Greiner continues to state his case for Tigers' back-up catcher role
Lakeland, Fla. — Grayson Greiner was at the hospital awaiting a CT scan on the night of March 7. His wife and two young children were with him.
Three-year-old Hudson couldn’t quite figure out why daddy looked so different.
“He kept asking what was wrong with my face,” Greiner said Tuesday, able to laugh about it now.
What happened was, earlier that day he’d taken a 94-mph fastball from Blue Jays reliever Elvis Luciano square in the face. It broke his nose and cost him 10 days of camp. And, as odd as it may sound, he was darn lucky.
“It could have been a lot worse,” Greiner said. “Two inches lower and it could’ve broken my jaw. Two inches higher and it could’ve broken my eye socket. I could’ve been out for the whole season. I’ll take the 10-day break to let my face heal.
“I would say I was more fortunate than frustrated, as far as that goes.”
Greiner, the swelling and bruising in his face no longer noticeable, hasn’t really missed a beat as he competes with Jake Rogers, Dustin Garneau and Eric Haase for the Tigers’ back-up catcher role. You’d have to say, as we hit the home stretch, Greiner is the leader in the clubhouse.
“I’ve been very happy with his overall package,” manager AJ Hinch said. “He’s been the most consistent of any of the guys.”
Greiner, who hit a home run to center field in Dunedin Monday night, worked all offseason on his swing mechanics and, since he’s been with hitting coach Scott Coolbaugh, his overall approach at the plate. It was obvious early in camp that he was hitting the ball with more authority, more confidence.
“He’s had good at-bats and been seeing the ball pretty well,” Hinch said. “He’s been able to simplify his swing and cover a really big strike zone (Greiner is 6-foot-6) by selecting the right pitches to swing at. He’s going to have a hard time covering every pitch in every location given the size of his strike zone.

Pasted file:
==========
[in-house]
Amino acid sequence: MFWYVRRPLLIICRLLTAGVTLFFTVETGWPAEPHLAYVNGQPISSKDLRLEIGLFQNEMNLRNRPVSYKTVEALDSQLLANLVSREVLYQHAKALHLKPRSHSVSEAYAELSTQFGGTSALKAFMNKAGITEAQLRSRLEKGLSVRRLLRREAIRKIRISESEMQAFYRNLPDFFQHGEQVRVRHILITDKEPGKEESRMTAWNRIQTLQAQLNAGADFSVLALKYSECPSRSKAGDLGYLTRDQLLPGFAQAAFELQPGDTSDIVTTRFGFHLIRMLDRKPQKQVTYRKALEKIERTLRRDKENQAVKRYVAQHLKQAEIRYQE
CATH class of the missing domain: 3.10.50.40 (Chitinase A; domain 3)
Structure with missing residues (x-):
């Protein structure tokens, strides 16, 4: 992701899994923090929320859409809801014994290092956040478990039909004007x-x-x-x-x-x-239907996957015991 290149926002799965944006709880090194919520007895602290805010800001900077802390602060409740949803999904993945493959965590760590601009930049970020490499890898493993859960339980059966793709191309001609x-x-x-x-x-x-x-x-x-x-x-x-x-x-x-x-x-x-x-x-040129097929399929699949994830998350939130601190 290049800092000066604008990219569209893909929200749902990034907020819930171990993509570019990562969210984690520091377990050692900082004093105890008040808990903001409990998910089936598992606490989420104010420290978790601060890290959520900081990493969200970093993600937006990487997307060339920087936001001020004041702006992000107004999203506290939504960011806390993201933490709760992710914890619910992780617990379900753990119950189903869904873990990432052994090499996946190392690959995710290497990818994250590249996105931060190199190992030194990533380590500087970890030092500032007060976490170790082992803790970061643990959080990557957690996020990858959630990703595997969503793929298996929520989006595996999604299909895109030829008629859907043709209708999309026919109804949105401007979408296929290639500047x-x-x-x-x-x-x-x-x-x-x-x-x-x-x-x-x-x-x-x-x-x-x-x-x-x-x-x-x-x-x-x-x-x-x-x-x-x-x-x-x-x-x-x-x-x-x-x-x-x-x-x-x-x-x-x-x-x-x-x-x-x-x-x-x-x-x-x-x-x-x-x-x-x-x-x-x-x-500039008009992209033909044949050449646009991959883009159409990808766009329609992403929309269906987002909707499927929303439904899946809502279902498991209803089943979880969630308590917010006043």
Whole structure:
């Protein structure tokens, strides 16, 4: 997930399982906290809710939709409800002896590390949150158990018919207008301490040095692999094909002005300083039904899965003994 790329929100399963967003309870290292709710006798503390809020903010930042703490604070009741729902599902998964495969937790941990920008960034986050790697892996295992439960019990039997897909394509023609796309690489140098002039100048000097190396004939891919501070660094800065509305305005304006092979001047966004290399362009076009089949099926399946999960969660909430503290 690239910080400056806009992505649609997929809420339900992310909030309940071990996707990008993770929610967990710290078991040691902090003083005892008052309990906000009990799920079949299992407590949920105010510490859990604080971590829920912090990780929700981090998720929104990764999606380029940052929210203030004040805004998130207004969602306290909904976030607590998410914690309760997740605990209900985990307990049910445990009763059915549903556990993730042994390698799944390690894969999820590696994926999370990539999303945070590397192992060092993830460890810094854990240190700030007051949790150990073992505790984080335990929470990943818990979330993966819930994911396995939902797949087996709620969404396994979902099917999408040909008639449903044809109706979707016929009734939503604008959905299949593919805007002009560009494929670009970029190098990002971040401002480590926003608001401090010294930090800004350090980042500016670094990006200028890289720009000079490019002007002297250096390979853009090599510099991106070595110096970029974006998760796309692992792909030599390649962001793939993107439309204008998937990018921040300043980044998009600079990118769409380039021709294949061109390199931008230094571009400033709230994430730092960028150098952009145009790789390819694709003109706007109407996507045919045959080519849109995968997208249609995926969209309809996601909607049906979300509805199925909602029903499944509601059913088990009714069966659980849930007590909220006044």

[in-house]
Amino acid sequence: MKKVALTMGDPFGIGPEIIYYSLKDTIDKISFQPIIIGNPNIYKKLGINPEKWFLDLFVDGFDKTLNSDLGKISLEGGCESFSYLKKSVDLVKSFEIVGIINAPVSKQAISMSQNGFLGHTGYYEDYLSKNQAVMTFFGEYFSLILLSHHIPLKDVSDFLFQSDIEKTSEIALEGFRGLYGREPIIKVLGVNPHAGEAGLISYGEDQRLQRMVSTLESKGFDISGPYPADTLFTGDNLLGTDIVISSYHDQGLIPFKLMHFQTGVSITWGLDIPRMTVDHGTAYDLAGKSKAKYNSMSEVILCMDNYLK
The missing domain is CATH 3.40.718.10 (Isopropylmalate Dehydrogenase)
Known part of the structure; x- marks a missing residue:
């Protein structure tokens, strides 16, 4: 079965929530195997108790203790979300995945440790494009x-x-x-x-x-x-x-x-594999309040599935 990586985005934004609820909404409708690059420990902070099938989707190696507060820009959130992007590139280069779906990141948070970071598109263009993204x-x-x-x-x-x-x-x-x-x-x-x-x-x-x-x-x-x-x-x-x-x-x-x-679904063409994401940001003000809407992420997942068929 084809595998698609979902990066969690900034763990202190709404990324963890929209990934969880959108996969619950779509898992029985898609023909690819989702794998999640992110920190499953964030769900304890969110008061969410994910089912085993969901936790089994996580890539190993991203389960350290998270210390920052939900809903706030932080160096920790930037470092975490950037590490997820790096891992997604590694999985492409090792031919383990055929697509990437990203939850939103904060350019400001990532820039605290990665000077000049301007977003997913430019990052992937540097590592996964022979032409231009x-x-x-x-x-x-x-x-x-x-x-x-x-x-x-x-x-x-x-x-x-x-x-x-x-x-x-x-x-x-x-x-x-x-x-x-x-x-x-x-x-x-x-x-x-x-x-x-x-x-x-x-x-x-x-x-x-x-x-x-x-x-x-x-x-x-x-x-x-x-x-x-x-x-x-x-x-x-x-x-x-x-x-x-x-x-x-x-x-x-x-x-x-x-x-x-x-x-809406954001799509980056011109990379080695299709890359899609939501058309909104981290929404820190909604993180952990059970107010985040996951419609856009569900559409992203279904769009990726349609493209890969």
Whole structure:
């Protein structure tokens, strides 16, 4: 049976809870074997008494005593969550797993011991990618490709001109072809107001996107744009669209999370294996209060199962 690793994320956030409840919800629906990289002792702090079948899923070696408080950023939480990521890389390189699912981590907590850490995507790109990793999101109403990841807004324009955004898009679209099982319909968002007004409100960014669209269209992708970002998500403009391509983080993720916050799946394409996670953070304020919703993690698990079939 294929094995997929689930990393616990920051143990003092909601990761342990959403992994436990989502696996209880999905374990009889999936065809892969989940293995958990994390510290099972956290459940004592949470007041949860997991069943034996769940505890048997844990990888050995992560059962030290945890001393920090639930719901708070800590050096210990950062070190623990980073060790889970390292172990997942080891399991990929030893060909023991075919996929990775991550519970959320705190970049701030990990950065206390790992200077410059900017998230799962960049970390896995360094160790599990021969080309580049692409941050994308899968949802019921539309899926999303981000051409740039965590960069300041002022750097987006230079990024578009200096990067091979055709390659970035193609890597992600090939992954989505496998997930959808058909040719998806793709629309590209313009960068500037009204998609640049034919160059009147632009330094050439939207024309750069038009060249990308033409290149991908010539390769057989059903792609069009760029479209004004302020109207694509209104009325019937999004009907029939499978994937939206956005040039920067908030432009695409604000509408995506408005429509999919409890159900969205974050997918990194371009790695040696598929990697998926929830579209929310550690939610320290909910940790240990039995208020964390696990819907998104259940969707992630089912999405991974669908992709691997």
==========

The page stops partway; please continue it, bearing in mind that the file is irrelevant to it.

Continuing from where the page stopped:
“The more he can simplify and just hit the ball hard, the ball will go. I’ve noticed an uptick in his exit velocity and he’s using the middle of the field better and taking aggressive swings at hittable pitches.”
Greiner has four hits in nine at-bats with five walks this spring. His first at-bat after being hit in the face was against Yankees fireballer Gerrit Cole.
“I just tried to treat it like any other at-bat,” he said, which had to be easier said than done. “Getting hit was a fluke thing. Just part of the game. Sometimes pitchers lose one up and in and that one got me in a bad spot. I wasn’t scared or anything. I treated it like a normal at-bat.”
Greiner knows, too, that ultimately it will be his catching and how he handles the pitching staff that will win or lose him a roster spot. Hinch has made that clear to all the catchers.
“As a back-up catcher it’s tough,” said Hinch, who spent his playing career in that role. “You sit around for three, four, five days, then you have to face a tough pitcher. The offensive side is always going to be a roller-coaster as a back-up. They key is to handle the pitching behind the plate and be locked in defensively.
“Yeah, we want the offensive production but you can’t mess up the catching. You can’t lose me the game by not being prepared behind the plate. He’s very equipped to handle the job.”
Greiner has been through all of this before. Every year, basically, he’s had to fight for a roster spot. Only once did he win the everyday job and that was 2019. That run was cut short by a back injury.
“It’s a little stressful,” he said of the position battle. “You are fighting for a job, but at the same time you work with the other catchers every day. We’re all friends and it’s a weird dynamic because we’re battling each other for a spot on the big-league club.
“I try not to get caught up in all that. You just come to work every day with a smile on your face ready to work hard.”
You could make the argument that Greiner hit the low point of his career last season. He hit .118 and looked lost. Greiner, though, doesn’t see it that way.
“There are a million people in the world who have it worse than playing Major League Baseball,” he said. “I wouldn’t call it a low point. Obviously, I had some struggles as a baseball player. When you realize something is not working, you have to work to change it and get better.
“But we could all have it worse, even if we are having struggles in our profession. I count my blessings every day that I am healthy and I have a healthy family.”